As the voice of modern retail, the National Retail Association speaks up for our sector on important issues and – more importantly – works to develop solutions to help members and the wider industry. Sometimes it can be very frustrating that these important issues don’t receive the serious consideration they deserve in the media. So I had mixed feelings in the last week to finally get some media attention on our very important Protecting Crowded Places program, which the association delivered in conjunction with the Federal Government.
This program flowed from the Government’s 2017 report into protecting crowded places from terrorism, which warned in its opening sentence that “shopping centres, pedestrian malls, and major events will continue to be attractive targets for terrorists”. The NRA developed a proposal to work with the Department of Homeland Security to help retail staff understand how to deal with potential terrorist activity, which we submitted in March of 2018. Following the Bourke St Mall attack in November of that year, we asked for the application to be considered again, and we were successful in receiving the grant funding in February 2019.
We used the $880,000 from the Federal Government to deliver training in responding to an armed assailant to nearly 48,000 retail workers in 8000 locations Australia wide. We also developed and delivered posters, brochures and online information. The training and material helps people to decide how to respond – when to report an incident, when to escape and how to hide if escaping is not an option.
It’s certainly disappointing that the media, particularly the ABC, have tried to denigrate and politicise this very important program. The NRA is very proud of the fact that we are the only retail association to have identified the risk to retail workers and taken steps to address that risk. (Although at least they had the good grace to acknowledge that the program was absolutely in compliance with the funding guidelines, and had been approved by the Department of Homeland Security after a rigorous application process.)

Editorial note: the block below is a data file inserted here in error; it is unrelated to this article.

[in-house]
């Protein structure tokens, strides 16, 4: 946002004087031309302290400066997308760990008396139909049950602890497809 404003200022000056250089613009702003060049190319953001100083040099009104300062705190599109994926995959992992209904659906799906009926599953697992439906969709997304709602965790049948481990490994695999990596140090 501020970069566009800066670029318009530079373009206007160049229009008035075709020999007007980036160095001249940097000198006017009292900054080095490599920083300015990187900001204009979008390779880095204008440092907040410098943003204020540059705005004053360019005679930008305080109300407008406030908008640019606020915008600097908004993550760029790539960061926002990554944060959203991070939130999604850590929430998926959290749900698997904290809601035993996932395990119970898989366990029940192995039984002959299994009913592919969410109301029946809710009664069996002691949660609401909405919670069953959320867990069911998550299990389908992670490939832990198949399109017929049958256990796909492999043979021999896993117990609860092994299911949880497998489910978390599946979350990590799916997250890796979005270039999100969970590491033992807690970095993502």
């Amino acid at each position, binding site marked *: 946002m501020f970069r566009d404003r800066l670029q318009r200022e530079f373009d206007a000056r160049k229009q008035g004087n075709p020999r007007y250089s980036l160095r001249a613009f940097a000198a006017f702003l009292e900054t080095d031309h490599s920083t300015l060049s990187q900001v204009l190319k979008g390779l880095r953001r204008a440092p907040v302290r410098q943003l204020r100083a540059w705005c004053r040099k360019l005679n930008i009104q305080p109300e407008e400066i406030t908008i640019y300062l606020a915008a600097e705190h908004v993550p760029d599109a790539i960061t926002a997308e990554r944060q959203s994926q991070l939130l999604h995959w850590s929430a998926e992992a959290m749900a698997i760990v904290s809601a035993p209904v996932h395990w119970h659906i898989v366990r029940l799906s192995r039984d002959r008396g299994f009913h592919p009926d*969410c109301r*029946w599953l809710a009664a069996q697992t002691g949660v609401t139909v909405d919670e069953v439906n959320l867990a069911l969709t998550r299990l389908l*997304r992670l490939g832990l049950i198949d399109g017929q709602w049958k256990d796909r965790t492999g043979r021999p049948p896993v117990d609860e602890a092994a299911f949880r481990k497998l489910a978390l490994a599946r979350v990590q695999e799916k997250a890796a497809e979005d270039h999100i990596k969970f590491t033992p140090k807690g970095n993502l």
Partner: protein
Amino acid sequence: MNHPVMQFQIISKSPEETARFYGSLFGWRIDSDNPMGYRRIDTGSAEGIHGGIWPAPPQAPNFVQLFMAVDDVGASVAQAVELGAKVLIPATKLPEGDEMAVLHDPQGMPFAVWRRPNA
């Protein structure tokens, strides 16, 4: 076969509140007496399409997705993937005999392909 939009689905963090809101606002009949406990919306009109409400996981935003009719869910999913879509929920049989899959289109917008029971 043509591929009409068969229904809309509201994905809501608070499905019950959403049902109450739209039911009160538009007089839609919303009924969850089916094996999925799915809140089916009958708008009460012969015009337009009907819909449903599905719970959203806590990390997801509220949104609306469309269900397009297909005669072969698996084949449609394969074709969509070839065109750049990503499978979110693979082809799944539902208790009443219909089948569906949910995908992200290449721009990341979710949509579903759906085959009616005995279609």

Every time there is a terror attack, experts in the media demand to know why more wasn’t done to prepare people and help them know how to respond. I’m very proud of the great team we have here at the NRA who identified the need for this training and then worked with the government to ensure retailers could access it at no cost. Frankly, it would have been a serious failure of an industry association to not have acted on those warnings in the 2017 report.
Like all good industry associations, the NRA engages with both sides of politics at both the state and federal levels. That’s not so we can receive some kind of special treatment, but rather so that the people who make the decisions affecting your businesses and livelihoods hear from us about what’s really happening in the world. As I said at the start, we are the voice of modern retail, and we owe it to the industry never to miss an opportunity to make that voice heard.
In this case, we have delivered vital training for 48,000 retailer workers. I pray that they never have to use it to protect themselves and their customers from an armed assailant. But if they ever do, it will truly show the value of good preparation and planning. The NRA is proud to be able to provide this kind of support to the industry.